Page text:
Ministry of Environment
Part 2 - The Major Soils and Soil Processes of British Columbia
In Part 1, the climate, physiography, geology and vegetation ecology of British Columbia were described separately. However, they do not occur separately. They occur together in the landscape and it is their interaction that produces soil on the surface layer of the earth. In fact, pedologists believe that a soil is the result of the so called factors of soil formation, namely parent material, climate, biota (vegetation and animals), topography and time. Every time a factor of soil formation changes so does the soil. It is only through this appreciation that soils can be used to their best advantage to serve mankind. In order to understand and interpret soils, it is necessary to have concepts of processes and classification schemes. In this way soils can be identified, sampled, characterized, mapped and evaluated for specific uses.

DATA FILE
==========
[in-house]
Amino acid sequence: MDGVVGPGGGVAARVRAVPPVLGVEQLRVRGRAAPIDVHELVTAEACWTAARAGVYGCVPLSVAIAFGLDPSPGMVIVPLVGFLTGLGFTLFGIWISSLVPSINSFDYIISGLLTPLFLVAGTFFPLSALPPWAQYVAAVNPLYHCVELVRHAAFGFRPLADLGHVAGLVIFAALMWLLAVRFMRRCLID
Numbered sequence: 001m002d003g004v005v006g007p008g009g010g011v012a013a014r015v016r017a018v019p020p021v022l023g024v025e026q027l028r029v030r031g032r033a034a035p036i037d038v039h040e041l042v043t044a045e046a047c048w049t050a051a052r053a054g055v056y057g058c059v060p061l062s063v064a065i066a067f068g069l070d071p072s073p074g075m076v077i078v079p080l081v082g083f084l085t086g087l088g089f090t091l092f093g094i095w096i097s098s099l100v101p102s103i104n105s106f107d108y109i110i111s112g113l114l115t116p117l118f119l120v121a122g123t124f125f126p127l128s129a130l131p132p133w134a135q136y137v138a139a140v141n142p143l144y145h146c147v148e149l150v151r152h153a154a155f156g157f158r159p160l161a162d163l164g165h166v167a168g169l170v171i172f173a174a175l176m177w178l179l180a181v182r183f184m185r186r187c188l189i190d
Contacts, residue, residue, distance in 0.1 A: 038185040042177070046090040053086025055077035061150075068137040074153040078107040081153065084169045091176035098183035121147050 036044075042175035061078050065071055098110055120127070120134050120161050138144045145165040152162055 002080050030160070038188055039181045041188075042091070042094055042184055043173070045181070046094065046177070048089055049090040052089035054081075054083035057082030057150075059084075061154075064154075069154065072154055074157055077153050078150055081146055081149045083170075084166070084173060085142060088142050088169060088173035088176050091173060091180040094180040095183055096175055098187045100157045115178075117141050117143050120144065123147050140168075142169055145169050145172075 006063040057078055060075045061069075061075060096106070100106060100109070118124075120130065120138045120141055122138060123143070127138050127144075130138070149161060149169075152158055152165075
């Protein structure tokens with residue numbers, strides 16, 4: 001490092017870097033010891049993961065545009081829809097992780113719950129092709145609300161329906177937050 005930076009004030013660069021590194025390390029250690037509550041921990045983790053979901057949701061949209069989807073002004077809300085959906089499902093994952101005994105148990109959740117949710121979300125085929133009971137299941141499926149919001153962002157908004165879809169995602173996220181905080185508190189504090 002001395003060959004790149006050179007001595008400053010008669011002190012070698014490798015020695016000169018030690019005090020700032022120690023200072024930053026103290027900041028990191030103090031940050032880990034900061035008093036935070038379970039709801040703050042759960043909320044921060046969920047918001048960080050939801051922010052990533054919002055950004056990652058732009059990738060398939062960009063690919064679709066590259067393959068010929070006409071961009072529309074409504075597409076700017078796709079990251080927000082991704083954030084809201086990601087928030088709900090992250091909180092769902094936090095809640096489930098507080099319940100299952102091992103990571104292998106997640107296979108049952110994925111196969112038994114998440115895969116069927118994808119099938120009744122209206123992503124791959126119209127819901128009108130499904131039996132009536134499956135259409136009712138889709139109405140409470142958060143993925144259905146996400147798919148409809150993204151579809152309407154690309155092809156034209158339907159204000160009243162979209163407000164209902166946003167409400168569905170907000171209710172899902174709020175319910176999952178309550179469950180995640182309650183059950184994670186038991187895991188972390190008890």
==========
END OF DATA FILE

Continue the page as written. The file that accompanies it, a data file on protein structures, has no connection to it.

The processes resulting from this interaction and the general nature of the soil formed by these processes will be described in Part 2.2. Many different kinds of soils are produced across the landscape of British Columbia as a result of the different intensities of soil-forming processes. An orderly method of labeling each type of soil is necessary so that it can be described, discussed, studied or mapped. For this purpose the Canadian Soil Classification System has been developed over many years. Since climate is so important in the understanding of soils and their properties and management, a Soil Climate Classification has also been evolved over the past several years. The principal features of these two classification systems are described in Part 2.3.
In order to understand and illustrate the processes of soil formation, the relationship among the factors of soil formation, and the application of classification systems to the soils of British Columbia, Part 2.4 provides descriptions, pictures and representative laboratory analyses of the nine main groups of soils (soil orders) found in the province. In this manner soils are related to the landscape, the environment in which they are found and some of their characteristics are described.
- Part 1: The Environmental Factors
- Part 2: The Major Soils and Soil Processes of BC
- Part 3: The Soils Landscapes of BC
- Part 4: The Development and Use of Soil and Terrain Surveys in BC